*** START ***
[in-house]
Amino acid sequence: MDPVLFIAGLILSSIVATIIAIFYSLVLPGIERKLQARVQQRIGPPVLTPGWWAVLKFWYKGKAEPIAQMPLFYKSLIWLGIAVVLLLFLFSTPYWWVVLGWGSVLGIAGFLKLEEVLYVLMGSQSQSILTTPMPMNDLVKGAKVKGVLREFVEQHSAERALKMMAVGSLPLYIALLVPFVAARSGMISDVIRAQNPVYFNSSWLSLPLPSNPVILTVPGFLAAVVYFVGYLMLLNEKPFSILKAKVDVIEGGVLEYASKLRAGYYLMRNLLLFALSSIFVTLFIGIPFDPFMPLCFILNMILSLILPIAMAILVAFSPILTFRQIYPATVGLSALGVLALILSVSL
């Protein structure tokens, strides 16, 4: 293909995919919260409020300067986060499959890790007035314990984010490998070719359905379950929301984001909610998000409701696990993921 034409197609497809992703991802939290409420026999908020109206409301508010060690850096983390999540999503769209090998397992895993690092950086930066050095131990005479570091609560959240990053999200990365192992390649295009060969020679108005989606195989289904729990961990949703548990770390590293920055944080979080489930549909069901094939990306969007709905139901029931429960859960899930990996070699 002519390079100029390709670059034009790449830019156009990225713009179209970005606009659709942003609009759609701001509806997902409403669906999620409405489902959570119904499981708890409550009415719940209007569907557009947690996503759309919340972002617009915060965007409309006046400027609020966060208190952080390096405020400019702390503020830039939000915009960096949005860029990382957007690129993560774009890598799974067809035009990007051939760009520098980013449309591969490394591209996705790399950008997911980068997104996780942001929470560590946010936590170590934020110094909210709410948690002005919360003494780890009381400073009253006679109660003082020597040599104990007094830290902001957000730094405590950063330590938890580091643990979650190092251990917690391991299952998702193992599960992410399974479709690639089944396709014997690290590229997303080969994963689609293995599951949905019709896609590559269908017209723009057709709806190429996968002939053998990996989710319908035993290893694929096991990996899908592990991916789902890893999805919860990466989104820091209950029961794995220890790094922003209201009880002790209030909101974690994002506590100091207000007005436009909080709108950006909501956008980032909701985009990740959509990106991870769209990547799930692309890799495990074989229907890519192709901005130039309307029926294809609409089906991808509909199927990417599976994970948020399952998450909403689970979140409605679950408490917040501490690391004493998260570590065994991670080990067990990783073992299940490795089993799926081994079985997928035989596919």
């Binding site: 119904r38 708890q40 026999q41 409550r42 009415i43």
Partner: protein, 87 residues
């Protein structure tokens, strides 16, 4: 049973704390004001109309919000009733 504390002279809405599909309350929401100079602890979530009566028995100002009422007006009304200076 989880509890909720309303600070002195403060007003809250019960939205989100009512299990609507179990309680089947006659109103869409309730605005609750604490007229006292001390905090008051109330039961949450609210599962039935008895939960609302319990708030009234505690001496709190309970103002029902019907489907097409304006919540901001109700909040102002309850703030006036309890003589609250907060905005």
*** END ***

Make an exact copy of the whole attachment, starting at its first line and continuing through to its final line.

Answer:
[in-house]
Amino acid sequence: MDPVLFIAGLILSSIVATIIAIFYSLVLPGIERKLQARVQQRIGPPVLTPGWWAVLKFWYKGKAEPIAQMPLFYKSLIWLGIAVVLLLFLFSTPYWWVVLGWGSVLGIAGFLKLEEVLYVLMGSQSQSILTTPMPMNDLVKGAKVKGVLREFVEQHSAERALKMMAVGSLPLYIALLVPFVAARSGMISDVIRAQNPVYFNSSWLSLPLPSNPVILTVPGFLAAVVYFVGYLMLLNEKPFSILKAKVDVIEGGVLEYASKLRAGYYLMRNLLLFALSSIFVTLFIGIPFDPFMPLCFILNMILSLILPIAMAILVAFSPILTFRQIYPATVGLSALGVLALILSVSL
């Protein structure tokens, strides 16, 4: 293909995919919260409020300067986060499959890790007035314990984010490998070719359905379950929301984001909610998000409701696990993921 034409197609497809992703991802939290409420026999908020109206409301508010060690850096983390999540999503769209090998397992895993690092950086930066050095131990005479570091609560959240990053999200990365192992390649295009060969020679108005989606195989289904729990961990949703548990770390590293920055944080979080489930549909069901094939990306969007709905139901029931429960859960899930990996070699 002519390079100029390709670059034009790449830019156009990225713009179209970005606009659709942003609009759609701001509806997902409403669906999620409405489902959570119904499981708890409550009415719940209007569907557009947690996503759309919340972002617009915060965007409309006046400027609020966060208190952080390096405020400019702390503020830039939000915009960096949005860029990382957007690129993560774009890598799974067809035009990007051939760009520098980013449309591969490394591209996705790399950008997911980068997104996780942001929470560590946010936590170590934020110094909210709410948690002005919360003494780890009381400073009253006679109660003082020597040599104990007094830290902001957000730094405590950063330590938890580091643990979650190092251990917690391991299952998702193992599960992410399974479709690639089944396709014997690290590229997303080969994963689609293995599951949905019709896609590559269908017209723009057709709806190429996968002939053998990996989710319908035993290893694929096991990996899908592990991916789902890893999805919860990466989104820091209950029961794995220890790094922003209201009880002790209030909101974690994002506590100091207000007005436009909080709108950006909501956008980032909701985009990740959509990106991870769209990547799930692309890799495990074989229907890519192709901005130039309307029926294809609409089906991808509909199927990417599976994970948020399952998450909403689970979140409605679950408490917040501490690391004493998260570590065994991670080990067990990783073992299940490795089993799926081994079985997928035989596919």
């Binding site: 119904r38 708890q40 026999q41 409550r42 009415i43």
Partner: protein, 87 residues
């Protein structure tokens, strides 16, 4: 049973704390004001109309919000009733 504390002279809405599909309350929401100079602890979530009566028995100002009422007006009304200076 989880509890909720309303600070002195403060007003809250019960939205989100009512299990609507179990309680089947006659109103869409309730605005609750604490007229006292001390905090008051109330039961949450609210599962039935008895939960609302319990708030009234505690001496709190309970103002029902019907489907097409304006919540901001109700909040102002309850703030006036309890003589609250907060905005």